Ghost light (theatre)

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A ghost light.
A ghost light illuminating an empty stage in a darkened theater.

A ghost light is an electric light that is left energized on the stage of a theater when the theater is unoccupied and would otherwise be completely dark. It typically consists of an exposed incandescent bulb, CFL lamp, or LED lamp mounted in a wire cage on a portable light stand.[1] It is usually placed near center stage. Ghost lights are also sometimes known as equity lights or equity lamps, possibly indicating their use was originally mandated by the Actors' Equity Association.[2][3]

Origin and superstitions[edit]

The practical use of a ghost light is for safety. A ghost light enables one to navigate the theater to find the lighting control console and to avoid accidents such as falling into the orchestra pit and stepping on or tripping over set pieces. There is an unsubstantiated story of a burglar who tripped on a dark stage, broke his leg and sued the theater for damages.[4]

Some claim that the tradition began in the days of gas-lit theaters when dim gas lights were left burning to relieve pressure on the gas valves.[5]

Aside from its obvious practical purpose, there are a number of superstitions associated with the origin and purpose of ghost lights.

The superstitious have various justifications for the ghost light in relation to the supernatural. A popular theatrical superstition holds that every theater has a ghost, and some theaters have traditions to appease ghosts that reach far back into their history. For example, the Palace Theatre, London keeps two seats in their balcony permanently bolted open to provide seating for the theater ghosts.[6] Similar superstitions hold that ghost lights provide opportunities for ghosts to perform onstage, thus appeasing them and preventing them from cursing the theater or sabotaging the set or production. This is also used to explain the traditional one day a week that theaters are closed.[6] Some superstitions claim that the ghost light is in place to scare away ghosts, not to appease them.[7]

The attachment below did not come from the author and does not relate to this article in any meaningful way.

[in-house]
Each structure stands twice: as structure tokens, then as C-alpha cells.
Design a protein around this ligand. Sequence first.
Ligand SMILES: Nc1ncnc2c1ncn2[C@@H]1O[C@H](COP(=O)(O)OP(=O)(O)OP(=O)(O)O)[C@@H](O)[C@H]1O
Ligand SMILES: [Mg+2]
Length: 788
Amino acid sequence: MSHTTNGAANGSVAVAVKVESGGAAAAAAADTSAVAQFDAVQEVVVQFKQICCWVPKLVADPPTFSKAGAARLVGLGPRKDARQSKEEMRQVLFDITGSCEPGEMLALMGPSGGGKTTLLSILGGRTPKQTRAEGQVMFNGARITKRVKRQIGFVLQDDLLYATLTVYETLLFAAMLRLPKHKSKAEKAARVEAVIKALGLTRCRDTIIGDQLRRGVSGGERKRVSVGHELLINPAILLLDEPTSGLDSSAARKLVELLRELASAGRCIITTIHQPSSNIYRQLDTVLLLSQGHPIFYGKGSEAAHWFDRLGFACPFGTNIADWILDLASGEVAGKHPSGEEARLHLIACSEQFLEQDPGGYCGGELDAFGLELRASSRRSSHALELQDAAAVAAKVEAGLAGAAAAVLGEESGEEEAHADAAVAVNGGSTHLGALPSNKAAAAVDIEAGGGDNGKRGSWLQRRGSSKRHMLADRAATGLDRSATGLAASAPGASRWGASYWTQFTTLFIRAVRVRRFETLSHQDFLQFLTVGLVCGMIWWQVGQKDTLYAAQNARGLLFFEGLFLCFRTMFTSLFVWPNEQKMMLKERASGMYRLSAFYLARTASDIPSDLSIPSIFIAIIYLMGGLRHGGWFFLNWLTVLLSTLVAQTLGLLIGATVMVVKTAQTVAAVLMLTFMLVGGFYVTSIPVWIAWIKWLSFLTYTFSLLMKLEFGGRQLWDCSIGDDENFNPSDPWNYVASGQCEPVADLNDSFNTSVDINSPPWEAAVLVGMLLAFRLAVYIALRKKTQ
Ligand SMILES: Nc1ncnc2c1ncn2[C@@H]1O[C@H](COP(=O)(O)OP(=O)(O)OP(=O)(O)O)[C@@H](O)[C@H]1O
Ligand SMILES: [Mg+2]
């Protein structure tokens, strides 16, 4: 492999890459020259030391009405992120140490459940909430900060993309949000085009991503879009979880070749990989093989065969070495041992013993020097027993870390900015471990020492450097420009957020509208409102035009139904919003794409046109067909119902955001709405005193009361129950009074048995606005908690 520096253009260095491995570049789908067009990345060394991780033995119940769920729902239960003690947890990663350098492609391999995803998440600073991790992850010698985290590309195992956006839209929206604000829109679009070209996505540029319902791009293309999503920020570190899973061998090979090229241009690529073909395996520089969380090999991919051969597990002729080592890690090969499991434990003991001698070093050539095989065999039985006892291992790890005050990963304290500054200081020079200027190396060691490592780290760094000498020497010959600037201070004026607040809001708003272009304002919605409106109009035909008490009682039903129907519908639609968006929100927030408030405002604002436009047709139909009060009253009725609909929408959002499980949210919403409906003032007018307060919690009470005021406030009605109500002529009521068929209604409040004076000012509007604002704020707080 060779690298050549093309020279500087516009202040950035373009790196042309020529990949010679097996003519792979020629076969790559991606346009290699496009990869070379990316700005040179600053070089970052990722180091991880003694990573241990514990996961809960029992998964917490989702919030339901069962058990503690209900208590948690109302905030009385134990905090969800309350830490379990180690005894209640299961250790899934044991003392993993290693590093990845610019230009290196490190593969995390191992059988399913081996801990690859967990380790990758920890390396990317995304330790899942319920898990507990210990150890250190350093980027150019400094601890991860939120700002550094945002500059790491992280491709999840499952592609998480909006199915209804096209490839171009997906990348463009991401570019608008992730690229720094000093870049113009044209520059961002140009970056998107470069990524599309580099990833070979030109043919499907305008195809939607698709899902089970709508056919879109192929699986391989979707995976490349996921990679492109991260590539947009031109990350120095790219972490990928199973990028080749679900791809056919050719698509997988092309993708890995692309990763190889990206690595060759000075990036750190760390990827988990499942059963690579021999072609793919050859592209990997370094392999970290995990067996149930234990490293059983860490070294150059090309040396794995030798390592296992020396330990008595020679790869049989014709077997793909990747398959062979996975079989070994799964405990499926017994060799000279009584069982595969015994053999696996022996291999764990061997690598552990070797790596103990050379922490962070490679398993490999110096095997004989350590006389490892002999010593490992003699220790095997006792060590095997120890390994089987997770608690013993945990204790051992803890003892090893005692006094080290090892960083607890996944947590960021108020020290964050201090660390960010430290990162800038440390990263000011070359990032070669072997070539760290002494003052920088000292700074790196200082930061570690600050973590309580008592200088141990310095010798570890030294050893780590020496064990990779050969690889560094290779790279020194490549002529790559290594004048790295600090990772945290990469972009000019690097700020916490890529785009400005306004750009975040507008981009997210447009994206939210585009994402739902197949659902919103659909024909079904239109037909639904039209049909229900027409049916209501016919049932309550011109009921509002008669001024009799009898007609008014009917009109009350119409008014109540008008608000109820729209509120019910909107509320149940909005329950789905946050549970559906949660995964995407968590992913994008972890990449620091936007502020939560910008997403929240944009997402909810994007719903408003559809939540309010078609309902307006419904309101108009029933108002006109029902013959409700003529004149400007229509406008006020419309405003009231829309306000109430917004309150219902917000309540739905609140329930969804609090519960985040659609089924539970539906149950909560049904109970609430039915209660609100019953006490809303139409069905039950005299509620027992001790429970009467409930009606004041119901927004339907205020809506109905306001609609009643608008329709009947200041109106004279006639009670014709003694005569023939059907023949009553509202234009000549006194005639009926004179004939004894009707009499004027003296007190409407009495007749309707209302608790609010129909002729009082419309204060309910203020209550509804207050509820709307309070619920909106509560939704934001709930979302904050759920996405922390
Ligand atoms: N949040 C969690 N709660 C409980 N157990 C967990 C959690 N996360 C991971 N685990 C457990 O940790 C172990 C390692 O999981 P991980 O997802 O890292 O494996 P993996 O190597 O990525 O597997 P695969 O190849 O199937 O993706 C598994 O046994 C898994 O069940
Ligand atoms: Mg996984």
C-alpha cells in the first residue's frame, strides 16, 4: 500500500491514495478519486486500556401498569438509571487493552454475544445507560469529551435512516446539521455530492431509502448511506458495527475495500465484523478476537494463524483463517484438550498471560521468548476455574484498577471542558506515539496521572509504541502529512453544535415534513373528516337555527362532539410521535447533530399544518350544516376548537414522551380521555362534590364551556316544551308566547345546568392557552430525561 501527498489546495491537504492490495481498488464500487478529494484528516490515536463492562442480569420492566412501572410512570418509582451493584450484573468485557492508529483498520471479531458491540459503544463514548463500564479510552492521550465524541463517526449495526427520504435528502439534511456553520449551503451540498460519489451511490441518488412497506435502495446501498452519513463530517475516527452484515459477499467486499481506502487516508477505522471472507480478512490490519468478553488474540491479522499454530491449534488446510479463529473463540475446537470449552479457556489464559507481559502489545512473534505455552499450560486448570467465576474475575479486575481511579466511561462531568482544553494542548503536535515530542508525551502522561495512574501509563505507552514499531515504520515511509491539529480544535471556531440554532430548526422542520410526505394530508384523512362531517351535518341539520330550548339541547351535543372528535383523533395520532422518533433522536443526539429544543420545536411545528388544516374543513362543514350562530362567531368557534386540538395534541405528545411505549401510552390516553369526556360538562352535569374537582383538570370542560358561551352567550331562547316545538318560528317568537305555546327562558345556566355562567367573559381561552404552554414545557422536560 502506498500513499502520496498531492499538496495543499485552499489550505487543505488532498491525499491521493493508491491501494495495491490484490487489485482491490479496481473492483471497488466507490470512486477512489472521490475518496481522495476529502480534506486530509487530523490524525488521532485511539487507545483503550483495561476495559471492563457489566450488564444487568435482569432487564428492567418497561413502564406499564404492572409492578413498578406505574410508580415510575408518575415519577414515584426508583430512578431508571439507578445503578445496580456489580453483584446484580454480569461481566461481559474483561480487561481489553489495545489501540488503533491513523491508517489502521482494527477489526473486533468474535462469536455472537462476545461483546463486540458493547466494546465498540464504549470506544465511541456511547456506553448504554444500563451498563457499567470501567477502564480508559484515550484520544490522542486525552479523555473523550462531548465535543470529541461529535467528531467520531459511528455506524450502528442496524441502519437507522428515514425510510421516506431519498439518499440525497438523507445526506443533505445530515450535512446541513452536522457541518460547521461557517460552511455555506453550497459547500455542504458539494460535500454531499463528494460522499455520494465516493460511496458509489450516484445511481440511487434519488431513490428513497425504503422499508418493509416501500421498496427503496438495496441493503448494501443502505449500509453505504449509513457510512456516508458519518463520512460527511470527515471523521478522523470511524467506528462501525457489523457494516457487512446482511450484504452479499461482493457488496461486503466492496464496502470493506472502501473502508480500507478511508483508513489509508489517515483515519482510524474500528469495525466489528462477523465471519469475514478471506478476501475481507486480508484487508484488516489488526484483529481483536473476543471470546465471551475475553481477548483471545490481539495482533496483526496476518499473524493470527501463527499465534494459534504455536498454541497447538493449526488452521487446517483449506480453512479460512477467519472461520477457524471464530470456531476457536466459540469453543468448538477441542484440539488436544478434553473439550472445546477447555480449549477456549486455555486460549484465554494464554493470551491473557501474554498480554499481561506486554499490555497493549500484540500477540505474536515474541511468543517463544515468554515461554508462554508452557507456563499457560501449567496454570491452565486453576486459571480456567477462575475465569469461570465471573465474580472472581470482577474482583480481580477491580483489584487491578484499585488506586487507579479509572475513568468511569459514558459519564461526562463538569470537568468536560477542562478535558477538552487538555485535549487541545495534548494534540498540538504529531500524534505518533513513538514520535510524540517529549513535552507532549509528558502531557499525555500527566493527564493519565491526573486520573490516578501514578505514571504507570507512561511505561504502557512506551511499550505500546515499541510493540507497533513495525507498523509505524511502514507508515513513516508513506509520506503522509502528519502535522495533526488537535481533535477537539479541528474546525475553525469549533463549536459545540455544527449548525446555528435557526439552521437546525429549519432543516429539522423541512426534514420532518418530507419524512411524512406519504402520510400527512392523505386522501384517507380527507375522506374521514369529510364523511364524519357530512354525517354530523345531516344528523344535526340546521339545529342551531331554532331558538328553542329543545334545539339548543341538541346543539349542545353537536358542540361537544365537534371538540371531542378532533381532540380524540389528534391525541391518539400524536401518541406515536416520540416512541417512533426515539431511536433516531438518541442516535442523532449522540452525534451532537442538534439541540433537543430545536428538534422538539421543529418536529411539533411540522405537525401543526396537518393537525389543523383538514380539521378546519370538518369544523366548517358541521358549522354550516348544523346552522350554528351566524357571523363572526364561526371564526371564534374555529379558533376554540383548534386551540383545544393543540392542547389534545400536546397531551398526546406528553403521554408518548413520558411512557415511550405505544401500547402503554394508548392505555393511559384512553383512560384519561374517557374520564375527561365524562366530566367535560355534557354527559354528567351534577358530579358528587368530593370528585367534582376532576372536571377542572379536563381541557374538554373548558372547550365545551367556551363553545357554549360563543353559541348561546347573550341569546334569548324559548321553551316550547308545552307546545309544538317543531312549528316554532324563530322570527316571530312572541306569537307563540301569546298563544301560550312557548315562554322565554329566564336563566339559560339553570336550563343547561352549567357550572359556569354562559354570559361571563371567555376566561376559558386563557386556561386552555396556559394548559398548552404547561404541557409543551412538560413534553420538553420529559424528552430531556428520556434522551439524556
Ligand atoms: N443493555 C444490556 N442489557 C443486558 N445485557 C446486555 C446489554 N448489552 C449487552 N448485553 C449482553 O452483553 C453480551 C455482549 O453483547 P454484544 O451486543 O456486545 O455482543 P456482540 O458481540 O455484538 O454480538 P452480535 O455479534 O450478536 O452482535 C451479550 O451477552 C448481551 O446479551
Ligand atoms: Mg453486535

Ghost Lights during COVID-19[edit]

Many theaters forced to close during the COVID-19 pandemic have renewed the tradition of ghost lights as a way of indicating the theaters will re-open. The Sydney Opera House left ghost lights on the stages of the Joan Sutherland Theatre, the Drama Theatre, the Playhouse and the Studio.[8] Other theaters have followed suit including Sydney Theatre Company’s Roslyn Packer Theatre in Walsh Bay, to the Seymour Centre in Chippendale, to the Merrigong Theatre at the Illawarra Performing Arts Centre in Wollongong.[8] Ghost lights were kept burning in theaters in Florida including Artis—Naples and Barbara B. Mann Performing Arts Hall, Florida Repertory Theatre, Sugden Theater and at the Broadway Palm, Cultural Park Theater.[9] The Royal Alexandra Theater in Toronto, Canada has burned a ghost light through both the 1918 and 2020 pandemics.[10] There is also a claim that during the 2020 pandemic closures " every stage on Broadway has a lamp".[11]

During the pandemic the closure of theaters worldwide prompted digital and virtual performances inspired by the ghost light concept. The West Australian Opera live streamed solo aria performances and called the series the Ghostlight Opera.[12] The National Insitiute of Dramatic Art (NIDA) in Australia held a digital theatre festival which included a show called Ghost Lights where famous theater characters perform on the empty stages of the world.[13]

On 22 May 2020,while the theater was closed for the COVID-19 pandemic, the Finnish National Theater presented an installation called Ghost Light "in which observations of interconnectedness of species are shared through the undulating light on an empty theatre stage".[14]

See also[edit]

References[edit]

  1. ^ Theater Backstage from A to Z 3rd ed. by Warren C. Lounsbury and Norman Boulanger, 1989 University of Washington Press
  2. ^ "Top 10 Theater Superstitions - Listverse". 20 August 2010.
  3. ^ http://www.theatrecrafts.com/page.php?id=610
  4. ^ Fisher, James (2008). The A to Z of American Theater: Modernism. Lanham, Maryland, USA: Scarecrow Press Inc. pp. 192–193. ISBN 978-0810868847.
  5. ^ Fisher, James (2015). Historical Dictionary of American Theater: Beginnings. Lanham, Boulder, New York, London: Rowman and Littlefield. p. 191. ISBN 978-0810878327.
  6. ^ a b Superstition is the way by Louise Finn from The Stage 2007
  7. ^ Wilson, Lindsey (19 September 2008). "ASK PLAYBILL.COM: The Ghost Light". Playbill. Retrieved 2019-10-30.
  8. ^ a b "Leave a "Ghost Light" On for Me: The Age-Old Theatre Tradition Illuminating Sydney's Stages During the Coronavirus Era". Broadsheet. Retrieved 2020-08-13.
  9. ^ Runnells, Charles. "Ghost lights burn in SWFL theaters during pandemic, a sign of hope. Plus the ghosts like 'em". The News-Press. Retrieved 2020-08-13.
  10. ^ "A 'ghost light' has brightened the stage for more than a month at the Royal Alex, as theatre faces its second pandemic". thestar.com. 2020-04-26. Retrieved 2020-08-13.
  11. ^ June 7, CBS News; 2020; Am, 9:58. "Keeping Broadway's lights on". www.cbsnews.com. Retrieved 2020-08-14.CS1 maint: numeric names: authors list (link)
  12. ^ "West Australian Opera - Ghost Light Opera". West Australian Opera. Retrieved 2020-08-13.
  13. ^ "Ghost Lights". NIDA. 2020-06-29. Retrieved 2020-08-13.
  14. ^ "Ghost Light (2020) - Mark Niskanen & Jani-Matti Salo in collaboration with Inkeri Aula". Niskanen & Salo. Retrieved 2020-08-13.